In a highly unusual move for a major, 20th Century Fox aims to entice a dozen top screenwriters to bring original spec scripts to the studio in exchange for gross participation if the pics get made.

The writers, who’ll take small upfront payments and will get only their usual fees on films that go into production, will also be guaranteed input as producers and protection from being rewritten without their permission. Fox production co-presidents Emma Watts and Alex Young are spearheading the effort.

Fox’s push centers around a collective scribe venture dubbed Writing Partners, which is comprised of Ted Elliott and Terry Rossio (“Pirates of the Caribbean,” “Shrek”); Michael Arndt (“Little Miss Sunshine”); John August (“Charlie and the Chocolate Factory”); Stuart Beattie (“Collateral”); Michael Brandt and Derek Haas (“3:10 to Yuma”); Tim Herlihy (“The Wedding Singer”); Simon Kinberg (“Mr. & Mrs. Smith,” “X-Men: The Last Stand”); Craig Mazin (“Scary Movie 3” and “4”); and Marianne & Cormac Wibberley (“National Treasure” and its sequel).

Fox’s deal requires that each scribe or team generate at least one spec within four years.

Writing Partners marks the third time this year that a group of scribblers have banded together in an effort to gain more say in the creative process, but Writing Partners breaks ground as the first to align with a major studio and the first to spell out that the scribes will receive gross participation.

Studios rarely offer such largess to writers. A similar program by Columbia Pictures hatched several years ago yielded only a handful of paydays. If Fox has ever paid gross to a writer before, it has been only to someone along the lines of James Cameron, who also produces and directs his films for the studio.

On the surface, it’s surprising that Fox would be the studio to embrace the Writing Partners deal given Fox’s reputation for hard-nosed fiscal discipline. But timing is everything. Watts and Young pushed the unusual initiative with the expectation that the marketplace for feature material is in for some major upheaval in the months ahead.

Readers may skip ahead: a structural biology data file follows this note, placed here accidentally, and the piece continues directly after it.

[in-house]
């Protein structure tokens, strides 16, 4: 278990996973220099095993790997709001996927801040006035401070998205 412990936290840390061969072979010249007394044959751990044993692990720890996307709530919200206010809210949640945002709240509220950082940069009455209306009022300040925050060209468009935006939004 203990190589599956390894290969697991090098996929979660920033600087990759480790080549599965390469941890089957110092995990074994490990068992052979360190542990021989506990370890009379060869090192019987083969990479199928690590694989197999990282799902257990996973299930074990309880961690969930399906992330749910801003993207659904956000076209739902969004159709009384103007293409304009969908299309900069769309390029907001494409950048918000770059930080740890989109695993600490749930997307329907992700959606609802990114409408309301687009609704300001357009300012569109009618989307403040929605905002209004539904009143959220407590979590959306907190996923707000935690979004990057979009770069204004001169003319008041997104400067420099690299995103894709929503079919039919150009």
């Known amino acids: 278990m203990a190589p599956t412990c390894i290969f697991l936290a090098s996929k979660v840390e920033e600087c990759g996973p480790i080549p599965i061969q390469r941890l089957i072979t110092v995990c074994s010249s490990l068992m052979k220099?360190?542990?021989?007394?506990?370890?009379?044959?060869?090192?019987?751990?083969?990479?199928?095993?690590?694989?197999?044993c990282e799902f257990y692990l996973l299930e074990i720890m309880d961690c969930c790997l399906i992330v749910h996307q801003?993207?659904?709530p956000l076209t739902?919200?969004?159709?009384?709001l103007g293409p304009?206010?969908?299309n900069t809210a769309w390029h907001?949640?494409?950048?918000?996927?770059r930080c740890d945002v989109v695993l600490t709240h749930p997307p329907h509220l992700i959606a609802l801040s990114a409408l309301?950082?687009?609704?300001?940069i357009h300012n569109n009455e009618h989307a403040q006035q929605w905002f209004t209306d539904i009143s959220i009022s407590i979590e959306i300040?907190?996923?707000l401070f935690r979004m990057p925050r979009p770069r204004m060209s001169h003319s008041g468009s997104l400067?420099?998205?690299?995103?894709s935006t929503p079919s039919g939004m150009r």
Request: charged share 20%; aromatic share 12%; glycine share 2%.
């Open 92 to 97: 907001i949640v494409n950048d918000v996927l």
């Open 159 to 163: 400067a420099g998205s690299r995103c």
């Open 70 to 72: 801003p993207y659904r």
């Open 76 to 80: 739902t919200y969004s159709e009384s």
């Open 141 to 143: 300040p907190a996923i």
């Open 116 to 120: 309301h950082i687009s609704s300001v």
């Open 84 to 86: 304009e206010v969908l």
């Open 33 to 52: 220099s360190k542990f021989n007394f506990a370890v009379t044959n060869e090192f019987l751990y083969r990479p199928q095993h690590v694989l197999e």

Studios and prominent writers have been busy trying to firm up films for 2008 and 2009 studio slates that will have to complete production to avoid a collision with a possible Hollywood work stoppage next summer. Once that pre-strike crunch is over, writing jobs are expected to be in short supply whether or not a strike occurs. Agents say they will encourage their scribe clients to use the downtime to focus on originals that can be auctioned once the business kicks back into gear and studios are hungry for new projects.

While this summer has seen strong box office, hits have consisted largely of sequels and branded fare, with original properties in short supply. Watts and Young may put their studio in position to restock its development arsenal with scripts by top-flight writers, without having to deplete their development budget. “These are the creators of some of the freshest and most commercial movies of the last several years,” said Young. “Not only do we get access to a wealth of original material that could become our next great franchises, but this ushers in a new era of collaboration with writers.”

Watts said: “Anyone would be thrilled to be working with one of these top screenwriters, but to be entering into a long-term creative partnership for original screenplays with all of them represents a groundbreaking opportunity for Fox.”